March 17, 2006

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Friday, March 17, 2006

Censorship in China, the Knight Ridder newspapers deal, and the history of war reporting.

China’s Blue Pencil

A sudden flourishing of investigative journalism in China has created a Wild West atmosphere – crusading reporters and editors blazing away at the powers that be. But this is taking place in the authoritarian East, where communist party officials make examples of news organizations deemed too quick on the draw. ...


China’s Red Pen

On Friday, the Chinese government announced it was dropping its case against jailed New York Times researcher, Zhao Yan. His imprisonment points to the essential conflict of Chinese journalism: communist leaders trying to navigate global free markets without surrendering to the free market of ideas. Bob talks to David Bandurski, ...


Knight Moves

Knight Ridder, publisher of 32 papers across the country, was bought this week by the McClatchy Company – an outfit roughly half its size. McClatchy plans to keep only 20 of its newly-purchased properties and put the rest up for sale. Buzz Merritt was a Knight-Ridder employee for more then ...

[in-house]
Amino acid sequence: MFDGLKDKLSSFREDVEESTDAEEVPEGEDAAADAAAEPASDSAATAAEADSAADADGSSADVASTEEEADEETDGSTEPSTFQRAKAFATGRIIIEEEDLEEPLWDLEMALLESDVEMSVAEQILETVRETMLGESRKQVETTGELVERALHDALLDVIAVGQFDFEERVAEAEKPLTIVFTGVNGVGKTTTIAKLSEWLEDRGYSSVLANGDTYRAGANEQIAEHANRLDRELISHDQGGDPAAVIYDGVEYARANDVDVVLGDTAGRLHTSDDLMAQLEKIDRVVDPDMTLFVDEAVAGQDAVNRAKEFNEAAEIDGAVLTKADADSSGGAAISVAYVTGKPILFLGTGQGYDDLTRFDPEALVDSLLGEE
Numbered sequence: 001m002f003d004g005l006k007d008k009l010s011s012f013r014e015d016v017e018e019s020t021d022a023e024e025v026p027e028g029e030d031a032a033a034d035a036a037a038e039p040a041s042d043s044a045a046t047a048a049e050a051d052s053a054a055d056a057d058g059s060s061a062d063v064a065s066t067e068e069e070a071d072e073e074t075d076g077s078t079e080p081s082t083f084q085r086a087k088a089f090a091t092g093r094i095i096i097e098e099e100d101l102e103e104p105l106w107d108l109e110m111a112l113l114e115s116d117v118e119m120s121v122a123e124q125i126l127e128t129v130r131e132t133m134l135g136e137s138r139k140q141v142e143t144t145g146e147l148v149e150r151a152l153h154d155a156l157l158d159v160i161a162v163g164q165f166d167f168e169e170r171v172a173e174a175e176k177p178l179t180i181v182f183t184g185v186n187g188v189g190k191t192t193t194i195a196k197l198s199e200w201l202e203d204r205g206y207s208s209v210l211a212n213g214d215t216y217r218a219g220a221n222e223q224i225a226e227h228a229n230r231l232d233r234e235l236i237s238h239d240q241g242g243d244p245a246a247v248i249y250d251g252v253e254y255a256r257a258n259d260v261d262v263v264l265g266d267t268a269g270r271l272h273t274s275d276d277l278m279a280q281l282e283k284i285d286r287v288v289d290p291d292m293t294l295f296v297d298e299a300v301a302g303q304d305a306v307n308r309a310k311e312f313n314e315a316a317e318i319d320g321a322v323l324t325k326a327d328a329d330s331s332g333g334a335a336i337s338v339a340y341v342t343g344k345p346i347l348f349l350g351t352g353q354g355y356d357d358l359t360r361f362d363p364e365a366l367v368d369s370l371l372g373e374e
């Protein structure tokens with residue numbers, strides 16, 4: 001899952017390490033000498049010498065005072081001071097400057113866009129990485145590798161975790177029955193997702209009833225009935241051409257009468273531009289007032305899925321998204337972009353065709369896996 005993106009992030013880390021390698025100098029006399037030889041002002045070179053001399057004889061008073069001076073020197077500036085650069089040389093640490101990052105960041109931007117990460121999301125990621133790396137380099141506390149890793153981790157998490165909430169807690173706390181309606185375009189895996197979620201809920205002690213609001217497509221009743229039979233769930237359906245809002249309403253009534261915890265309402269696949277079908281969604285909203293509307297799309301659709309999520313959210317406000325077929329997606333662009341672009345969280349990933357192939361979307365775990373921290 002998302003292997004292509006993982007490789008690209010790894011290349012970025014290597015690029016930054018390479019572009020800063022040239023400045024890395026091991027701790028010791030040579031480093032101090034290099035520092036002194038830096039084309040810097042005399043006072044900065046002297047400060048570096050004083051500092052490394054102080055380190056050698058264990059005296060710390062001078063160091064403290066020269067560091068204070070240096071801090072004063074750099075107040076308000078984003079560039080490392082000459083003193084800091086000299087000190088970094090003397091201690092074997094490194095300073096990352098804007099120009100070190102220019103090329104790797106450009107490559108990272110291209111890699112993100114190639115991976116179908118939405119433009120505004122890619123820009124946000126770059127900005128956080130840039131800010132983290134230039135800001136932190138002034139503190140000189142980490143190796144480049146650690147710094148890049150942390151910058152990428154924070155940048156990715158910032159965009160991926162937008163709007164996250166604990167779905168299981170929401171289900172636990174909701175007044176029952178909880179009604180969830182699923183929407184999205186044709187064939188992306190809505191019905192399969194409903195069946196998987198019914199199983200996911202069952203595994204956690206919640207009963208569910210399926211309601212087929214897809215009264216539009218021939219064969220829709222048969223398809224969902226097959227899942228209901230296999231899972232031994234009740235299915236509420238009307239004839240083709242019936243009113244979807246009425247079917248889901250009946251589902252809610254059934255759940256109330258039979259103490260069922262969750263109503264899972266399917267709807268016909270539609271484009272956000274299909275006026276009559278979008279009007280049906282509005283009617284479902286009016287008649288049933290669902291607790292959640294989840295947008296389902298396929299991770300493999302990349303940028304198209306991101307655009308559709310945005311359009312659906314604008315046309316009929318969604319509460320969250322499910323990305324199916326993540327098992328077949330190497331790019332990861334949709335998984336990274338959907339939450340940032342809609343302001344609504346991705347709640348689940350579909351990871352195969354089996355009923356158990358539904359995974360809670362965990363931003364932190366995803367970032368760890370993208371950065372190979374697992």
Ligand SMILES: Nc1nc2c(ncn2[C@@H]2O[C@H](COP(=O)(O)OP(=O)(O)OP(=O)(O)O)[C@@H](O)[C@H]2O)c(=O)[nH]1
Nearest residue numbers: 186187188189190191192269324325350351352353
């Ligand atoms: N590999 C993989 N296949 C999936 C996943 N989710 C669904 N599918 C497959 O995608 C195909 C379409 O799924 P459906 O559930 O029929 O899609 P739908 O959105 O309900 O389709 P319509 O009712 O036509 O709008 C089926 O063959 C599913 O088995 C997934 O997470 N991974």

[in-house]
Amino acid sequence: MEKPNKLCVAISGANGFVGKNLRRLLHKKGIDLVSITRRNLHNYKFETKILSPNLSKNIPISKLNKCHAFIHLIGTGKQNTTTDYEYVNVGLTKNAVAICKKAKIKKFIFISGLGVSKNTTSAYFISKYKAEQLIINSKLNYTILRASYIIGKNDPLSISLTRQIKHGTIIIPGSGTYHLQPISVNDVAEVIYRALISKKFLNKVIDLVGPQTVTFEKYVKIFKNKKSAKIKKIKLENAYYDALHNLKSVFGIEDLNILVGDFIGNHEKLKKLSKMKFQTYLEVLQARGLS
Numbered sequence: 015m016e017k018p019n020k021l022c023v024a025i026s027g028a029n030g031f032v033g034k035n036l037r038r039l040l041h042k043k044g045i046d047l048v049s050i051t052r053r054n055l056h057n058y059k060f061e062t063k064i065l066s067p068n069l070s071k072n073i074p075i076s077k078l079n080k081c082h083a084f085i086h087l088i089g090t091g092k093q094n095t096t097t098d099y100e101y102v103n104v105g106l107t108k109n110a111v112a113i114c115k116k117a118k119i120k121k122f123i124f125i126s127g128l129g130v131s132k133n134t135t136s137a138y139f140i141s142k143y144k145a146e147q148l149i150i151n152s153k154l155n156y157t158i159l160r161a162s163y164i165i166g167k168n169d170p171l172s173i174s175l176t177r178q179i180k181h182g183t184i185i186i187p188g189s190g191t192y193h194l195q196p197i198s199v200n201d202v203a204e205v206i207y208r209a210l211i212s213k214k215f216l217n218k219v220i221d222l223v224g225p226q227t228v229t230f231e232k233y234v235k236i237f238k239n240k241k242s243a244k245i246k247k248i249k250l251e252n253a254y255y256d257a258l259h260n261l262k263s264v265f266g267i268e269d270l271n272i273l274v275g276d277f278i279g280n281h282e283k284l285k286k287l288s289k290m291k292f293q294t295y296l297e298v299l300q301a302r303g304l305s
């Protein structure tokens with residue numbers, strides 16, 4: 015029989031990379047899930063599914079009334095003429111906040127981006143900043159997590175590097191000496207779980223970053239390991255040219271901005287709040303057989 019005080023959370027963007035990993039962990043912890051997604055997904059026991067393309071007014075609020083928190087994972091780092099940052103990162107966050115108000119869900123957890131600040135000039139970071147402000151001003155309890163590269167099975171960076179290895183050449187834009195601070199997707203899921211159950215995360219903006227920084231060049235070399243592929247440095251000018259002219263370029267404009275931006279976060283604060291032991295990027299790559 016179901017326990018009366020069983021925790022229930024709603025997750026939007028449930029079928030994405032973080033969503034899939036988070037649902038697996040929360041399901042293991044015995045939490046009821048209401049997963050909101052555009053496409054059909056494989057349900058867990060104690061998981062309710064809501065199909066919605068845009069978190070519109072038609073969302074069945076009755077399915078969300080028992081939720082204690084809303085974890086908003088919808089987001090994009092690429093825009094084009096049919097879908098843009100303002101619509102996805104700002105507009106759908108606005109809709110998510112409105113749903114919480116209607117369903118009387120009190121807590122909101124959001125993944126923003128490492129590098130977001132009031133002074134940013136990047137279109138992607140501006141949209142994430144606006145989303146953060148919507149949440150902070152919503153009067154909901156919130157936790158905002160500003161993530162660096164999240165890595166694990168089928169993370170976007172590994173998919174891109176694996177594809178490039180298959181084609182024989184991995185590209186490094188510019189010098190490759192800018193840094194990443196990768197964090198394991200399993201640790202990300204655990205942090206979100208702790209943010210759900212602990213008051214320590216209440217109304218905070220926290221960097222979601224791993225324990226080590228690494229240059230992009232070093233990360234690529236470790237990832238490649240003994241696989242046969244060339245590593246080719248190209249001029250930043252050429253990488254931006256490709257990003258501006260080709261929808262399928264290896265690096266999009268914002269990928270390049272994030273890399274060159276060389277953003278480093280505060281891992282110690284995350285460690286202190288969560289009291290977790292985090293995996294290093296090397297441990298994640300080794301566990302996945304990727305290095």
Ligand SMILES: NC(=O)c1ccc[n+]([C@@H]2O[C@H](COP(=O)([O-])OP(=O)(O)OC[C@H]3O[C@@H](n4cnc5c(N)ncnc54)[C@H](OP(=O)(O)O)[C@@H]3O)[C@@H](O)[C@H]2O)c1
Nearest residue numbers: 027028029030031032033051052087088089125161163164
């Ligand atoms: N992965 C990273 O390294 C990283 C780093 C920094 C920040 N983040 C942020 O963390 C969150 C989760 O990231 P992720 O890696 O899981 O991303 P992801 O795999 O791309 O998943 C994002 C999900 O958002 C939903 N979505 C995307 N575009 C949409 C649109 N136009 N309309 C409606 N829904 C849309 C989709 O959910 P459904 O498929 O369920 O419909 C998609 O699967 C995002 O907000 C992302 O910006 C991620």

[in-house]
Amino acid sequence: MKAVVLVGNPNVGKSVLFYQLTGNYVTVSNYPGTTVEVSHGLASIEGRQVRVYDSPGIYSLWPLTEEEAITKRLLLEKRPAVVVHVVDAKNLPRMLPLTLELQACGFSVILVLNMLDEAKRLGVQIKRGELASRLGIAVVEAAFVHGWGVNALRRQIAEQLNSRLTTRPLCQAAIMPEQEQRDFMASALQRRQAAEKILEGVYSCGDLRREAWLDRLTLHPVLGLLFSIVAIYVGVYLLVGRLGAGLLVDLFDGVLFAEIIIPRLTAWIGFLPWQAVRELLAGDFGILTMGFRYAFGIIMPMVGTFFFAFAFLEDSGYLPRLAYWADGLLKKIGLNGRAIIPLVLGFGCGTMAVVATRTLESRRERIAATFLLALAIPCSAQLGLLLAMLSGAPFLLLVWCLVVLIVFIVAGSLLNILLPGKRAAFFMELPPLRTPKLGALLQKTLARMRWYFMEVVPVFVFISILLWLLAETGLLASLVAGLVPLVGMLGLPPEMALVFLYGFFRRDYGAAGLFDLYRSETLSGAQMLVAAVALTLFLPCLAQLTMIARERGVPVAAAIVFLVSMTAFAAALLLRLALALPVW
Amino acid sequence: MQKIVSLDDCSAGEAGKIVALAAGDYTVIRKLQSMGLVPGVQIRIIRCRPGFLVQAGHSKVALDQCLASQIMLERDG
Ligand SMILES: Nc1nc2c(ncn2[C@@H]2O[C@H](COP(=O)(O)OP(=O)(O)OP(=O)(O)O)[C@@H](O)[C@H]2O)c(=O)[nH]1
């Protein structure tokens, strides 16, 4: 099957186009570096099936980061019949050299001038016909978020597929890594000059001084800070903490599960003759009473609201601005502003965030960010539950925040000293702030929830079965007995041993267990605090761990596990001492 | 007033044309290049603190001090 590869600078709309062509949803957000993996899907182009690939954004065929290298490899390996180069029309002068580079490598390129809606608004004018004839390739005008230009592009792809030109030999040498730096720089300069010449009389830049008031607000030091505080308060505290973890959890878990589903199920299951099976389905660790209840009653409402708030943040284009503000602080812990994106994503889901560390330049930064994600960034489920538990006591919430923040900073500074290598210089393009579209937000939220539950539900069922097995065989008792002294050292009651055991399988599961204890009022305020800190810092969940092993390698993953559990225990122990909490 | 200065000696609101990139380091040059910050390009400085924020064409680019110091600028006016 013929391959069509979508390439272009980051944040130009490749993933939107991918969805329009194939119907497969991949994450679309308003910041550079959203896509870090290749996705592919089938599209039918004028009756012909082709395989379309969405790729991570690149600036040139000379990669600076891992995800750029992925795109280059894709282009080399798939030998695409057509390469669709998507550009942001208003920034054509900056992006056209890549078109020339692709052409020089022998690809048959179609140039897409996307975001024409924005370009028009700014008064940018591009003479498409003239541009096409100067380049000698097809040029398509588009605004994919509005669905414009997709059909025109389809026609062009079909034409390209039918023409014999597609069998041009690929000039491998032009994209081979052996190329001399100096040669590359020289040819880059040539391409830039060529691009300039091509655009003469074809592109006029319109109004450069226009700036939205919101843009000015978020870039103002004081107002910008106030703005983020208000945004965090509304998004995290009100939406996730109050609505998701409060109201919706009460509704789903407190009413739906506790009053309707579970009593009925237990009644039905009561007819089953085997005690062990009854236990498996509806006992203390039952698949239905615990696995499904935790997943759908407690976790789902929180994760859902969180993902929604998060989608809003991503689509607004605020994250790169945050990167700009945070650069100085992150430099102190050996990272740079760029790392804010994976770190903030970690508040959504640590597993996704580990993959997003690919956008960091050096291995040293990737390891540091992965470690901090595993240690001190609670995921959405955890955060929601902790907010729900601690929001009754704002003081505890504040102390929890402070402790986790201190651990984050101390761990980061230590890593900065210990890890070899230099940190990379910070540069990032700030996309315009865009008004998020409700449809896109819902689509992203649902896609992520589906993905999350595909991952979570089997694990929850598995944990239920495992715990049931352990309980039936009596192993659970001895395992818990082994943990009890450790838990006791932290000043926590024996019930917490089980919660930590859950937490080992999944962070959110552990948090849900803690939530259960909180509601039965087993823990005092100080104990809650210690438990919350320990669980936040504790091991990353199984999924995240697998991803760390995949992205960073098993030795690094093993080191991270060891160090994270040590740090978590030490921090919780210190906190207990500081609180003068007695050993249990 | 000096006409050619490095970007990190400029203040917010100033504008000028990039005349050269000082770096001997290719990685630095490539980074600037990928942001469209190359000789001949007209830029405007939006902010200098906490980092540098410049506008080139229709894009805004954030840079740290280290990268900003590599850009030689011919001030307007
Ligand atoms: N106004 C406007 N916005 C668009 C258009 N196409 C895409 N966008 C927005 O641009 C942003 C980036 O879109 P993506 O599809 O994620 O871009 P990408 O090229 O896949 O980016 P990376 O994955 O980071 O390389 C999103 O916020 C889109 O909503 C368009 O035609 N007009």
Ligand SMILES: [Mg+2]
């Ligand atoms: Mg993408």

Knight Shadows

Caught in the anxious middle of the Knight Ridder deal are employees of the twelve newspapers scattered around the country, which have just changed ownership and will be changing hands again sometime soon. David Hanners, general assignment reporter at the St. Paul Pioneer Press, joins Bob to discuss daily journalism ...


A New Day

The Newspaper Guild represents the interests of some 34,000 journalists and they’re preparing to bid on the 12 newspapers that McClatchy is selling. If their offer is successful the purchase will create an unprecedented chain in which employees own the majority of the stock and thus the papers themselves. Linda ...


War’s Other Heroes

Sometimes it's hard to get a grasp of what's going on in the current war, but history can be remarkably instructive. In the book The First Casualty: The War Correspondent as Hero and Myth-Maker, Philip Knightley gives an expansive review of this history, and the place of journalists in it. ...


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